A. In addition to any other penalty provided by this section, any motor vehicle administratively impounded or immobilized under the provisions of § 46.2-301.1 may, in the discretion of the court, be impounded or immobilized for an additional period of up to 90 days upon conviction of an offender for driving while his driver’s license, learner’s permit, or privilege to drive a motor vehicle has been suspended or revoked for (i) a violation of § 18.2-36.1, 18.2-51.4, 18.2-266, 18.2-272, or 46.2-341.24 or a substantially similar ordinance or law in any other jurisdiction or (ii) driving after adjudication as a habitual offender, where such adjudication was based in whole or in part on an alcohol-related offense, or where such person’s license has been administratively suspended under the provisions of § 46.2-391.2. However, if the offender was driving a motor vehicle owned by another person at the time of the violation, the court shall have no jurisdiction over such a motor vehicle but may order the impoundment or immobilization of a motor vehicle owned solely by the offender at the time of the arrest. All costs of impoundment or immobilization, including removal or storage expenses, shall be paid by the offender prior to the release of his motor vehicle.

B. Except as provided in §§ 46.2-304 and 46.2-357, no resident or nonresident (i) whose driver’s license, learner’s permit, or privilege to drive a motor vehicle has been suspended or revoked or (ii) who has been directed not to drive by any court or by the Commissioner, or (iii) who has been forbidden, as prescribed by operation of any statute of the Commonwealth or a substantially similar ordinance of any county, city or town, to operate a motor vehicle in the Commonwealth shall thereafter drive any motor vehicle or any self-propelled machinery or equipment on any highway in the Commonwealth until the period of such suspension or revocation has terminated or the privilege has been reinstated or a restricted license is issued pursuant to subsection E. A clerk’s notice of suspension of license for failure to pay fines or costs given in accordance with § 46.2-395 shall be sufficient notice for the purpose of maintaining a conviction under this section. For the purposes of this section, the phrase “motor vehicle or any self-propelled machinery or equipment” shall not include mopeds.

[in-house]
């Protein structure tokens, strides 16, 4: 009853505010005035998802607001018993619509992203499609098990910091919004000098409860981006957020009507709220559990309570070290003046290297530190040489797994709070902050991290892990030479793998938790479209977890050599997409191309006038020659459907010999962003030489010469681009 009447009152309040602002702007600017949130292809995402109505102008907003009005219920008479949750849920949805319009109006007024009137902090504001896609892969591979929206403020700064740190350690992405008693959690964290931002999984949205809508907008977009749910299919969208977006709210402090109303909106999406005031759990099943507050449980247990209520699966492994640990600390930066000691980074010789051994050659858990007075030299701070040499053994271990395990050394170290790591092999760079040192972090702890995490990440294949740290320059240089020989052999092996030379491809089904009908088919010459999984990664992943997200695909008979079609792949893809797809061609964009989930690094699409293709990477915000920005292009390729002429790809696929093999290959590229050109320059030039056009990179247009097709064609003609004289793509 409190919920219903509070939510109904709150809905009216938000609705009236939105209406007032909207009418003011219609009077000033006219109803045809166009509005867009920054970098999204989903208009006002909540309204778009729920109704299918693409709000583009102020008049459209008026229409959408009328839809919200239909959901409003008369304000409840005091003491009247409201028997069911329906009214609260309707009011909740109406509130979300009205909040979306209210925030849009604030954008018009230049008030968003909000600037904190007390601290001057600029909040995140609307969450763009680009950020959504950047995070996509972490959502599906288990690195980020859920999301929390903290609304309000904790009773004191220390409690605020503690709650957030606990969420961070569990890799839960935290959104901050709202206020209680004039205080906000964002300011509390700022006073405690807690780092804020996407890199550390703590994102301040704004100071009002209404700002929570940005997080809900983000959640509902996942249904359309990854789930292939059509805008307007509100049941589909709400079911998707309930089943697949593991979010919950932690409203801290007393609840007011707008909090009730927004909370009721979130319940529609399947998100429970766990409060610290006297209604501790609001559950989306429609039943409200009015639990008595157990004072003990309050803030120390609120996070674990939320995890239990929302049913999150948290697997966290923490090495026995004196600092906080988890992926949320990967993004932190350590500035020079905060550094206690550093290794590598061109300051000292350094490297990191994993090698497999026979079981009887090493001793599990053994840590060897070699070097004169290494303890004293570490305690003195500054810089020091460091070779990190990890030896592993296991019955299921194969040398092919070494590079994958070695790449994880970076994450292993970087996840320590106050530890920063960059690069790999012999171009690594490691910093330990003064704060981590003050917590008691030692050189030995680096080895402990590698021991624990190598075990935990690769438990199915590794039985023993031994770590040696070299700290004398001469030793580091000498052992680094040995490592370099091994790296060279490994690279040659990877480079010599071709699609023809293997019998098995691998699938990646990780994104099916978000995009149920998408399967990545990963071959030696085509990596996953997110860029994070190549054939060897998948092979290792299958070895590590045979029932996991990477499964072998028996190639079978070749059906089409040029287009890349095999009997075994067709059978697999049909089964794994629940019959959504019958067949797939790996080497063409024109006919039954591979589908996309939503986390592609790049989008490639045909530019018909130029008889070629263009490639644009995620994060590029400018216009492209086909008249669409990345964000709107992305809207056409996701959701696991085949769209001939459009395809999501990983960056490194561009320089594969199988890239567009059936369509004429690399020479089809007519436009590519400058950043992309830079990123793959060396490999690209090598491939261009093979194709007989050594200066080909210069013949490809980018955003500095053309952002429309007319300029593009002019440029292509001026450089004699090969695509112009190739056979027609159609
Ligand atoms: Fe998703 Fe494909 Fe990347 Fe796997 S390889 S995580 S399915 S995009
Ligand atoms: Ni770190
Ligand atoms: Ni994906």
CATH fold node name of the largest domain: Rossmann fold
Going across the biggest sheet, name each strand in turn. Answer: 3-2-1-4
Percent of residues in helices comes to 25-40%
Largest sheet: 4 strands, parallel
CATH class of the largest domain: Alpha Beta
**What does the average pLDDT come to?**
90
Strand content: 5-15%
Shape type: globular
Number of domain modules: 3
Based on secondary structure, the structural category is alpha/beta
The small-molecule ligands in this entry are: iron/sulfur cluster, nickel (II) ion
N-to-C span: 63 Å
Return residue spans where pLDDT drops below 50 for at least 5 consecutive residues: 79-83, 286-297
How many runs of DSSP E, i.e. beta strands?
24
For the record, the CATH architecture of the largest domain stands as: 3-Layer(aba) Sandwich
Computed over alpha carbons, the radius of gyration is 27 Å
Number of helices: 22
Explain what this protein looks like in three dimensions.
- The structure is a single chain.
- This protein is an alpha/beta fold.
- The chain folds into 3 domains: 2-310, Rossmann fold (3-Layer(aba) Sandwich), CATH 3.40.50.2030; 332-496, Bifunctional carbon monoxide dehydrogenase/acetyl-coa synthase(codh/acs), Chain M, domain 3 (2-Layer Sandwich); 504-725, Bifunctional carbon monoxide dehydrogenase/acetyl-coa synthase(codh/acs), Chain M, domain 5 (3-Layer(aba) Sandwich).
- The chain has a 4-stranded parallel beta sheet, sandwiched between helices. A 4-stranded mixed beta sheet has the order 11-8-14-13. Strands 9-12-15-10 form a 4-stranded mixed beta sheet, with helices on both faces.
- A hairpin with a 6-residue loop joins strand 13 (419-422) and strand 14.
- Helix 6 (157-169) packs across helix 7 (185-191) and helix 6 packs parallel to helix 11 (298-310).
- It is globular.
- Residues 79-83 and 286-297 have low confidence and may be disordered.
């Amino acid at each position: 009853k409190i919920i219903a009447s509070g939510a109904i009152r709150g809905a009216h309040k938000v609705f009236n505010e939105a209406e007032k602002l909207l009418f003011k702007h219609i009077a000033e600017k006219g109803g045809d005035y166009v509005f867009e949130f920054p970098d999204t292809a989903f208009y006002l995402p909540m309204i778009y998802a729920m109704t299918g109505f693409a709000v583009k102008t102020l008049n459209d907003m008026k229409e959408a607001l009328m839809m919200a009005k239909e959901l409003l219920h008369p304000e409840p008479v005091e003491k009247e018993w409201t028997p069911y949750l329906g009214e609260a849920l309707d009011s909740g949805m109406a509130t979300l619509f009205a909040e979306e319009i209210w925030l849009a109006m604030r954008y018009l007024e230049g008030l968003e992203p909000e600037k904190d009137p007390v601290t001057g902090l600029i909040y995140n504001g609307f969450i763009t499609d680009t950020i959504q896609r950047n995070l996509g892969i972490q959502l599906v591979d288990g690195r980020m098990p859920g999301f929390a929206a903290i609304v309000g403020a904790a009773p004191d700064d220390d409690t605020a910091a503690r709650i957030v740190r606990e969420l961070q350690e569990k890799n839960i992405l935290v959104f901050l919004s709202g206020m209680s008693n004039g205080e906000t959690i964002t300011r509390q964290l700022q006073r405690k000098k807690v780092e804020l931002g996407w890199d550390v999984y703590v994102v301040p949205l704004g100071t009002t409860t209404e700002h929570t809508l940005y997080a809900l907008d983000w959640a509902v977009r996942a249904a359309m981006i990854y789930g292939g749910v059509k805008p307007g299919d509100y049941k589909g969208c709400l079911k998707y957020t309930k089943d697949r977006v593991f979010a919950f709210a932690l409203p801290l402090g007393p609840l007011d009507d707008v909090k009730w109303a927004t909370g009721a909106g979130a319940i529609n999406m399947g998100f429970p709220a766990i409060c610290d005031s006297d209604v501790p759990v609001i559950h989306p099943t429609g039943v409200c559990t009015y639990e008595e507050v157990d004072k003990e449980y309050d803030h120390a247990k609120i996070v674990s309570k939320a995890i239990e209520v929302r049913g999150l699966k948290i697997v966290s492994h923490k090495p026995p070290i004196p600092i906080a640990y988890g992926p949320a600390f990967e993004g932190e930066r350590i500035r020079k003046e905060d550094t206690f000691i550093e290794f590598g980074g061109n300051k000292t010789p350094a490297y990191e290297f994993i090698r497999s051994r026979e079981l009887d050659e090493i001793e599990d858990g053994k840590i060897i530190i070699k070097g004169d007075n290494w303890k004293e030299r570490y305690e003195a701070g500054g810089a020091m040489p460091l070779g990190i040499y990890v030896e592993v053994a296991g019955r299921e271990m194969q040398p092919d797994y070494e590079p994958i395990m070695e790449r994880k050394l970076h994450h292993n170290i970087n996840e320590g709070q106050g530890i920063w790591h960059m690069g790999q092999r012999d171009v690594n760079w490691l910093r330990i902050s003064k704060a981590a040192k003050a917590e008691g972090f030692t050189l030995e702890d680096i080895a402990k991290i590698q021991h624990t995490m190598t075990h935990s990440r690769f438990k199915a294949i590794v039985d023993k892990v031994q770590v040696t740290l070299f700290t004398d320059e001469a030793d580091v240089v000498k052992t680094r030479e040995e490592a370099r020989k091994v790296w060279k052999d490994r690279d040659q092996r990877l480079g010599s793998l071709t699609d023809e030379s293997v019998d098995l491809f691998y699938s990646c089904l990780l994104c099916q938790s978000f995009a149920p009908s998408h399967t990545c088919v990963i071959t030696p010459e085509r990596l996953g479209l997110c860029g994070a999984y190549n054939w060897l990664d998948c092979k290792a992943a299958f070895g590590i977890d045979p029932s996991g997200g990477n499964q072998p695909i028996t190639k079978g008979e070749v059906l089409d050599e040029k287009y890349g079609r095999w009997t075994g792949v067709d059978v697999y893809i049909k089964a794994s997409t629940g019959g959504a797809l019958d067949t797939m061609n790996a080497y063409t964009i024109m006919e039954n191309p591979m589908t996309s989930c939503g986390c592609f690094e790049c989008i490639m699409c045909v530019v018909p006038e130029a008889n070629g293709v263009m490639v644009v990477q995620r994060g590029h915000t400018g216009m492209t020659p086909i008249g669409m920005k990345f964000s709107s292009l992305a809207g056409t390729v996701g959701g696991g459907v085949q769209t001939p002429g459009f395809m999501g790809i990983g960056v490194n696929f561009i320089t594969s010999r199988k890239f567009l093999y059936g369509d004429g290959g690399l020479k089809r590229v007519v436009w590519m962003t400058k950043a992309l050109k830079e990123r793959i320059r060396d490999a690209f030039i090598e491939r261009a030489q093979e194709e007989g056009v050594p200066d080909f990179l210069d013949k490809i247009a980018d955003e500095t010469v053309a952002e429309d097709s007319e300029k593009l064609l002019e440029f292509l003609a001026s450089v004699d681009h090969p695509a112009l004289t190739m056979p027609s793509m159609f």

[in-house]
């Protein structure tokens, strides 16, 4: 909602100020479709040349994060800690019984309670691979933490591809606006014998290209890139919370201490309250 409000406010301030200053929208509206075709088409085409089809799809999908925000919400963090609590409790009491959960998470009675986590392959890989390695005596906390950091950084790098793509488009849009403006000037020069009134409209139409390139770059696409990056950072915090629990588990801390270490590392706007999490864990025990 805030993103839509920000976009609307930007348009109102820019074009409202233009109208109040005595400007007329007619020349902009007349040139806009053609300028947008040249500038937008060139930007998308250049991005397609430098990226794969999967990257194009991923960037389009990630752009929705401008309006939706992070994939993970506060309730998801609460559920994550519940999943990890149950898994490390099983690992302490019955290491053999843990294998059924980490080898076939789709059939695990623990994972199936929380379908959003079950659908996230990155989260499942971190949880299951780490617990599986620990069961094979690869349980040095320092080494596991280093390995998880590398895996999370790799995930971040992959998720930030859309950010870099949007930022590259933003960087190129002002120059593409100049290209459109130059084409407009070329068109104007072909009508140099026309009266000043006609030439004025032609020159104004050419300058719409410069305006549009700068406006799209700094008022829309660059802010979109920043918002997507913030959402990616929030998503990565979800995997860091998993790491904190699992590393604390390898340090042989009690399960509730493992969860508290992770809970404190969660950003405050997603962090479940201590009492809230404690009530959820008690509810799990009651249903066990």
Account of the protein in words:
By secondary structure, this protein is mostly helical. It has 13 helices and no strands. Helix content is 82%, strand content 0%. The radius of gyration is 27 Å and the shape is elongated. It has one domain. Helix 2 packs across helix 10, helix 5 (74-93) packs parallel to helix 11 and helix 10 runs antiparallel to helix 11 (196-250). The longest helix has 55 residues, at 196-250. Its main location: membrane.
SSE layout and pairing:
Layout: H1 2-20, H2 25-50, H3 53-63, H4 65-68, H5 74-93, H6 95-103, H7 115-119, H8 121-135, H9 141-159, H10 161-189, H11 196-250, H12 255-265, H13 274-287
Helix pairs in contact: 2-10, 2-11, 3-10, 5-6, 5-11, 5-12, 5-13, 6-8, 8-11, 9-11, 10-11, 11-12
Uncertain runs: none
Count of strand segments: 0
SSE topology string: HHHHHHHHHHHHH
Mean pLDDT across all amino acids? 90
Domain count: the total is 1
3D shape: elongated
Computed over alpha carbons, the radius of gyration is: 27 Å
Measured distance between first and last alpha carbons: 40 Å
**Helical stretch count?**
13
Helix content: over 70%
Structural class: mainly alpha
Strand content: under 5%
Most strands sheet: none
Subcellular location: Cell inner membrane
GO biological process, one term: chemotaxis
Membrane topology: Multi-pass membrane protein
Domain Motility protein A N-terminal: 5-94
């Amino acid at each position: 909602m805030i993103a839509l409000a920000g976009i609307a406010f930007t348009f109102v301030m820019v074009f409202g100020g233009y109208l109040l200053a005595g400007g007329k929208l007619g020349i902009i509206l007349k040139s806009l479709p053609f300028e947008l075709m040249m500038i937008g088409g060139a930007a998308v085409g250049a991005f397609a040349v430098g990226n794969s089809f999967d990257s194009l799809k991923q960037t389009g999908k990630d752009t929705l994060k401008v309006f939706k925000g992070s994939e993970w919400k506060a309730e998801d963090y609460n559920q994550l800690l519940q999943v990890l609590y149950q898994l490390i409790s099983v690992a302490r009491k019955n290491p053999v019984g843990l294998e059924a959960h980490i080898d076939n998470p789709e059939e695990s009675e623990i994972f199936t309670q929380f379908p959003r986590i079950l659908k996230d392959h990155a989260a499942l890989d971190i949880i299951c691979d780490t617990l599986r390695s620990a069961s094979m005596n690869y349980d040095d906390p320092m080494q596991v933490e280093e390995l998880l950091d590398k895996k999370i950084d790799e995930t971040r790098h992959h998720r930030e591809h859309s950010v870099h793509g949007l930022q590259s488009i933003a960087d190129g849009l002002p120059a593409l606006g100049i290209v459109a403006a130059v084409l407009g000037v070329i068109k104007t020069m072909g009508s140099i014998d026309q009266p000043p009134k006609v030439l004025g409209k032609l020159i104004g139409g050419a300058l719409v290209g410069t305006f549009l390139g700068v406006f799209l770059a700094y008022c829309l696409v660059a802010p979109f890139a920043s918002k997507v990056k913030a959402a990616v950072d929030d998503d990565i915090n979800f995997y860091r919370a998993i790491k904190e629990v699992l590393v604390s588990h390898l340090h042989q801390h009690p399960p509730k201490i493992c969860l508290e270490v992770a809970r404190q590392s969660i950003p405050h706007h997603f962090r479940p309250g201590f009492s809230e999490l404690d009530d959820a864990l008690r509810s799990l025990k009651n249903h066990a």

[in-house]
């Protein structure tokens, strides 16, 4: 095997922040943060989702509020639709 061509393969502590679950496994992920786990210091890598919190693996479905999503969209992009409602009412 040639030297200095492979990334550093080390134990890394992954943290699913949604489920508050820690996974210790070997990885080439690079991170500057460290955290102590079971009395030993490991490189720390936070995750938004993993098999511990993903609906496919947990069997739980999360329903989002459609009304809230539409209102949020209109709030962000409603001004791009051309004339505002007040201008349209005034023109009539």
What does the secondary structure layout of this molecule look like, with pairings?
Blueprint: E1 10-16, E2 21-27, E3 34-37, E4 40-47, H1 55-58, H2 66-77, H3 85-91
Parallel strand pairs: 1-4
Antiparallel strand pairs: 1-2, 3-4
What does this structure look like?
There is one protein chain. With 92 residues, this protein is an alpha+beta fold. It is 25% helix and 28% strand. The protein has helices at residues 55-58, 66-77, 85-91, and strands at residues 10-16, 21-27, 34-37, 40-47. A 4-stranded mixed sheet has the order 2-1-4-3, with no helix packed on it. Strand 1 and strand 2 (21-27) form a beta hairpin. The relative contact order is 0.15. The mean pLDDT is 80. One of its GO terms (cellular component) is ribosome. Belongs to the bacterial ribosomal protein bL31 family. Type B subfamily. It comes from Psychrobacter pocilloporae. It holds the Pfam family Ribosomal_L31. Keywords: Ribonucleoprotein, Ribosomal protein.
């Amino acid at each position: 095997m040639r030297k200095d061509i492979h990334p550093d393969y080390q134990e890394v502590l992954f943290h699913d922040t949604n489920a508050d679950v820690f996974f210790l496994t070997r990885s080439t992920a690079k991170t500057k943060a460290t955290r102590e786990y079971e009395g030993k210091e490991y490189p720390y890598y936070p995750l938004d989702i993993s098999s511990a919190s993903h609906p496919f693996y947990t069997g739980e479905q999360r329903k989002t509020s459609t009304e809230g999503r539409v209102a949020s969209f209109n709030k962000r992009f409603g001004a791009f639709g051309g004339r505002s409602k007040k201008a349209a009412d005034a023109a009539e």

C. A violation of subsection B is a Class 1 misdemeanor. A third or subsequent offense occurring within a 10-year period shall include a mandatory minimum term of confinement in jail of 10 days. However, the court shall not be required to impose a mandatory minimum term of confinement in any case where a motor vehicle is operated in violation of this section in an apparent extreme emergency that requires such an operation to save life or limb.

D. Upon a violation of subsection B, the court shall suspend the person’s license or privilege to drive a motor vehicle for the same period for which it had been previously suspended or revoked.

In the event the person violated subsection B by driving during a period of suspension or revocation that was not for a definite period of time, the court shall suspend the person’s license, permit, or privilege to drive for an additional period not to exceed 90 days, to commence upon the expiration of the previous license suspension or revocation or to commence immediately if the previous suspension or revocation has expired.

E. Any person who operates a motor vehicle or any self-propelled machinery or equipment in violation of the terms of a restricted license issued pursuant to subsection E of 18.2-271.1 is not guilty of a violation of this section but is guilty of a violation of 18.2-272.